PRINCE GEORGE - A new study, 'Seed predation increases from the Arctic to the equator and from high to low elevations,' was released this week that reveals interactions between plant and animal species are much stronger in tropical regions and lower elevations.
UNBC Adjunct professor Dr. Sybille Haeussler conducted some of the experiments from Hudson Bay Mountain, near Smithers. Researchers from 13 institutions across the Americas were involved and have deployed 7,000 seed depots distributed from Alaska to the equator. In northern B.C., Dr. Haeussler set up a transect with five sites extending from Highway 16 to the rocky alpine tundra above the Smithers ski resort.
"Theory predicts that interactions among species — like predation and competition — will be strongest in the warm, productive, biodiverse ecosystems of the tropics and low elevations," says Hargreaves, an evolutionary ecologist in McGill’s Department of Biology. "For example, the spectacular diversity of tropical trees is thought to result partly from stronger interactions between plants and the animals that prey on their seeds, which shapes how and where plants grow and adapt."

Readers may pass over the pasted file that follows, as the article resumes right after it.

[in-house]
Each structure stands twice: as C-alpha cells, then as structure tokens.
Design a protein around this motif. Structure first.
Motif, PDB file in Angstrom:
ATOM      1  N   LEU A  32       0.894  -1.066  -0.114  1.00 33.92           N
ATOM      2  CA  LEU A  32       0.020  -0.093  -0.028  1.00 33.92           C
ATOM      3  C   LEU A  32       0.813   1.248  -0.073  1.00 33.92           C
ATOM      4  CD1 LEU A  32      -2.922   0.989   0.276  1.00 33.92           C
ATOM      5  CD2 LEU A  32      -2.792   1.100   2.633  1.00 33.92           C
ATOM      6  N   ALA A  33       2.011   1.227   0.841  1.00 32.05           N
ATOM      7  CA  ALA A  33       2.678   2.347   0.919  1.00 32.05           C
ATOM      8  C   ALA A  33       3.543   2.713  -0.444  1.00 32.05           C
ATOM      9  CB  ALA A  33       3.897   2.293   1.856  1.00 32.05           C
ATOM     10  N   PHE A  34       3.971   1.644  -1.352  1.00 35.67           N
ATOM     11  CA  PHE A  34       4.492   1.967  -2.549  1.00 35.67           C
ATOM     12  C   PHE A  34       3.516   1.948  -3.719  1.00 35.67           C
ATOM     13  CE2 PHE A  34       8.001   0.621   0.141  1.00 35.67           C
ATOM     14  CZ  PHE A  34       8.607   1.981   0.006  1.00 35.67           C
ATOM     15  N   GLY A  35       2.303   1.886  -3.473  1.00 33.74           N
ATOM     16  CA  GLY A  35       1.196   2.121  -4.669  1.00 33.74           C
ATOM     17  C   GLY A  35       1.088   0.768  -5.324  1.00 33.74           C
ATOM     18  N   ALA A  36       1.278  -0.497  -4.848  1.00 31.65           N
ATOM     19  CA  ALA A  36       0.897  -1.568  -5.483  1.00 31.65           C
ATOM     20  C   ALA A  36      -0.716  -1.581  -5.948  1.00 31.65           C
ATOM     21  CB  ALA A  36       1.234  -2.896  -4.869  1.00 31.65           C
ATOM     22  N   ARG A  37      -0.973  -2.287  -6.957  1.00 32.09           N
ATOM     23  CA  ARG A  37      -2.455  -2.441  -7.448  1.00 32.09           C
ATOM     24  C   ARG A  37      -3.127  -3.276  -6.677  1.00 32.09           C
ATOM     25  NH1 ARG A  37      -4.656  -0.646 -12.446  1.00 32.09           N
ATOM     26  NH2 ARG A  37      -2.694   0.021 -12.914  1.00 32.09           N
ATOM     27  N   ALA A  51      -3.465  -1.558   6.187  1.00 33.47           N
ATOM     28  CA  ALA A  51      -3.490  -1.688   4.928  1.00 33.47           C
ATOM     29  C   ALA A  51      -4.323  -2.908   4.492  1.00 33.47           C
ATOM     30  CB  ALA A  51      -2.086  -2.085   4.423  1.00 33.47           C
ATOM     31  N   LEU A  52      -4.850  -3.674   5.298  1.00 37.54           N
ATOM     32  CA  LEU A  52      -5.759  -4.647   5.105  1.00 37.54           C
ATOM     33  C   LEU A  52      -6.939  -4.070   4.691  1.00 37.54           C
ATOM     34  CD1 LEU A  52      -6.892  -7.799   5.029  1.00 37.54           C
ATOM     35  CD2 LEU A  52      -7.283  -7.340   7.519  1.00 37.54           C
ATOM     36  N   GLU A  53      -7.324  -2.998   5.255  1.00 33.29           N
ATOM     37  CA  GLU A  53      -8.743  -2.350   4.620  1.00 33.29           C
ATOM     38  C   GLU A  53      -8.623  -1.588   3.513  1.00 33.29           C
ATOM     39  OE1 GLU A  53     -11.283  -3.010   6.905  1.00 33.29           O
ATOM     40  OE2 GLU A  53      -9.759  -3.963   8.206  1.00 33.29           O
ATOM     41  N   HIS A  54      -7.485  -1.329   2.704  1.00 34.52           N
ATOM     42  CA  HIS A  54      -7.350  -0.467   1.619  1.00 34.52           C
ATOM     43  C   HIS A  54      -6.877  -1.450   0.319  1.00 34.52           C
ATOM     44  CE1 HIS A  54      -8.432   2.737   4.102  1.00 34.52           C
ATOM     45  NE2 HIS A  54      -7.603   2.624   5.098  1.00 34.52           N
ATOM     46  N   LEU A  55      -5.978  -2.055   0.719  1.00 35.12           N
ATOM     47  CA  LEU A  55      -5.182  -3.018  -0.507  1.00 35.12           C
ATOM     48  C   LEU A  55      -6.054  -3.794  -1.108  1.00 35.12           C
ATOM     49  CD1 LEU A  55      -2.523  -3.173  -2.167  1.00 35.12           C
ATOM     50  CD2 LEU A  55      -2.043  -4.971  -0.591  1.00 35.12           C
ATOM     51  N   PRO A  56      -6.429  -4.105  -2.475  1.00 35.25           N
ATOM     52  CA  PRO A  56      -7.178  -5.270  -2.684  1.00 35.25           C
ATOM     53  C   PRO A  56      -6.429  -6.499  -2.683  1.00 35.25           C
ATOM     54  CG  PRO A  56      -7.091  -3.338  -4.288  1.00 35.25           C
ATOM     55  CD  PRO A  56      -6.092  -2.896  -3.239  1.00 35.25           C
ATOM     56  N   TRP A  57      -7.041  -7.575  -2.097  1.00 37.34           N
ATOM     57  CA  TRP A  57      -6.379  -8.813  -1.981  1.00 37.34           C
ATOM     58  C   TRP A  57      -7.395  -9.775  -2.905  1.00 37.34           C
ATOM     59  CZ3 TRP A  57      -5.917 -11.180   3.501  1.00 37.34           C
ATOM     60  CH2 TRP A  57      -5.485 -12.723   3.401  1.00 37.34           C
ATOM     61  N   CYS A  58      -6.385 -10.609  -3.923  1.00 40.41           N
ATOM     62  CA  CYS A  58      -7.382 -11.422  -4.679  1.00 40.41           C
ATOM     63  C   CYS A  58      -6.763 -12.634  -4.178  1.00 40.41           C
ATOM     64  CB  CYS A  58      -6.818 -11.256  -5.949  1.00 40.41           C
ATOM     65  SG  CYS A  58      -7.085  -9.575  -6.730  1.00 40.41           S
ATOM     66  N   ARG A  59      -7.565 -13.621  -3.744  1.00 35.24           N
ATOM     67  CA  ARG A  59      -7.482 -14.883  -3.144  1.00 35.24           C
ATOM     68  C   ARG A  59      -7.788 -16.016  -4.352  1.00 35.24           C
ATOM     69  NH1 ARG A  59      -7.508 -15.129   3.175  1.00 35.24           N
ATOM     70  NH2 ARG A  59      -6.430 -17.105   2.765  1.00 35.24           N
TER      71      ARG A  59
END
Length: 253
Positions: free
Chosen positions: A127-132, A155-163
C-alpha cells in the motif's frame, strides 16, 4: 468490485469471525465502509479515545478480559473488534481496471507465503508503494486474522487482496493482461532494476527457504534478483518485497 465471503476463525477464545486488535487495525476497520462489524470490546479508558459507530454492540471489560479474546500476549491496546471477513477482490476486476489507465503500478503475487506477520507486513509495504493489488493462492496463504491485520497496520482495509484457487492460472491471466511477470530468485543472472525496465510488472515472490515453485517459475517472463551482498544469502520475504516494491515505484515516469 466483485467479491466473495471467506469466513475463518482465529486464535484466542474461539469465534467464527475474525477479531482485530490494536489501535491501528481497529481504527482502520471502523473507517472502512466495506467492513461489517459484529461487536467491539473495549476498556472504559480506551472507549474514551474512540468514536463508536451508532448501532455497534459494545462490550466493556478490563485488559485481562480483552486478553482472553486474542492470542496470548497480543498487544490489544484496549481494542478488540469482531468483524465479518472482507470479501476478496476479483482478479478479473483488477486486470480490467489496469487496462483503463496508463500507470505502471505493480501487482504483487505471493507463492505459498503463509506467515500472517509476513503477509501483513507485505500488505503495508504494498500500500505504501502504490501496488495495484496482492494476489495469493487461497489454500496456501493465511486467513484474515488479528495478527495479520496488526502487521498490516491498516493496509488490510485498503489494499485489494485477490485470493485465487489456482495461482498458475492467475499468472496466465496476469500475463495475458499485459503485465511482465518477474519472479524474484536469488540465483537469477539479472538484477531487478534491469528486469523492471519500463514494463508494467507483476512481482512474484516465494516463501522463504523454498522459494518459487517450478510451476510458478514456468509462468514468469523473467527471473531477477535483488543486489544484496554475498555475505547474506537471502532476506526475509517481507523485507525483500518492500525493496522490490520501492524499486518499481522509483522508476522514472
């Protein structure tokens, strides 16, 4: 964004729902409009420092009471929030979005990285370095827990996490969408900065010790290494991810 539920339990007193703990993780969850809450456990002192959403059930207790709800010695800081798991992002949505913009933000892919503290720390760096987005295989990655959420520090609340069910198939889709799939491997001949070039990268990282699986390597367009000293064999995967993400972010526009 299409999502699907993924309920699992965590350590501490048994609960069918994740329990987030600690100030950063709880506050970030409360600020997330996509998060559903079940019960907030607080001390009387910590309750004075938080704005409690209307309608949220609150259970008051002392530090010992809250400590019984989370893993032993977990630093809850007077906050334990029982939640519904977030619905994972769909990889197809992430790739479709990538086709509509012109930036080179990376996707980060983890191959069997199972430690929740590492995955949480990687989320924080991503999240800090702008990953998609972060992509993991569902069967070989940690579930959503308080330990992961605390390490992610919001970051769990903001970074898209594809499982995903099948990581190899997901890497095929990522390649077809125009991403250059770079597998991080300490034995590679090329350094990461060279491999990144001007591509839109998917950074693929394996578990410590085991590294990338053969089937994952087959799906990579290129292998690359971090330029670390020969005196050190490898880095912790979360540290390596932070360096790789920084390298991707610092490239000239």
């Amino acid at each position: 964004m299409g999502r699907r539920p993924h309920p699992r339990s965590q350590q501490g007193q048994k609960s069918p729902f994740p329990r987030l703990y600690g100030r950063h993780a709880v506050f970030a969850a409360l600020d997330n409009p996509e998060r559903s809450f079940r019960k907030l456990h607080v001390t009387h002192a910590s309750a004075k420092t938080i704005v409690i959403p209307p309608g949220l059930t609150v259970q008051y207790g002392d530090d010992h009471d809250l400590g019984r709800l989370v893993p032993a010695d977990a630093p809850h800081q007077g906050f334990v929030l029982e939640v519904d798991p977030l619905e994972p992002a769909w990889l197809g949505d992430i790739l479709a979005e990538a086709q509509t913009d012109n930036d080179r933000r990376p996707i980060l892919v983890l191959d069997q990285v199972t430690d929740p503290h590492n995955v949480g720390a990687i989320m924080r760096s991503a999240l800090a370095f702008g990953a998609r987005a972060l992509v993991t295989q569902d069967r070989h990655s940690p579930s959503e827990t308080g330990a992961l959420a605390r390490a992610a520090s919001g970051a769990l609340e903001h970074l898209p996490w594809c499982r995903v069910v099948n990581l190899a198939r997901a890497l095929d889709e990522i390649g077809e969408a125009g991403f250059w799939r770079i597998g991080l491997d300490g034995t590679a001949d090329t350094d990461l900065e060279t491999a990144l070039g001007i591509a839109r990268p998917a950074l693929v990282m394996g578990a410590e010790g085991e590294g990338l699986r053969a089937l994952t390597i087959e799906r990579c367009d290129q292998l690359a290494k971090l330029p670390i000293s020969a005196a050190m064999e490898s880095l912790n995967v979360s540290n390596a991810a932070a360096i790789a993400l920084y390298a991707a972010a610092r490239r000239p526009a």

"Biotic interactions like those between plant seeds and seed-eating animals form the basis of the complex ecosystems that support human life on earth," says Haeussler, a community-based research scientist stationed at the Bulkley Valley Research Centre in Smithers. "It is essential that we better understand global patterns in these key interactions, given the enormous task of managing and restoring ecosystems under stress from human population growth and climate change."
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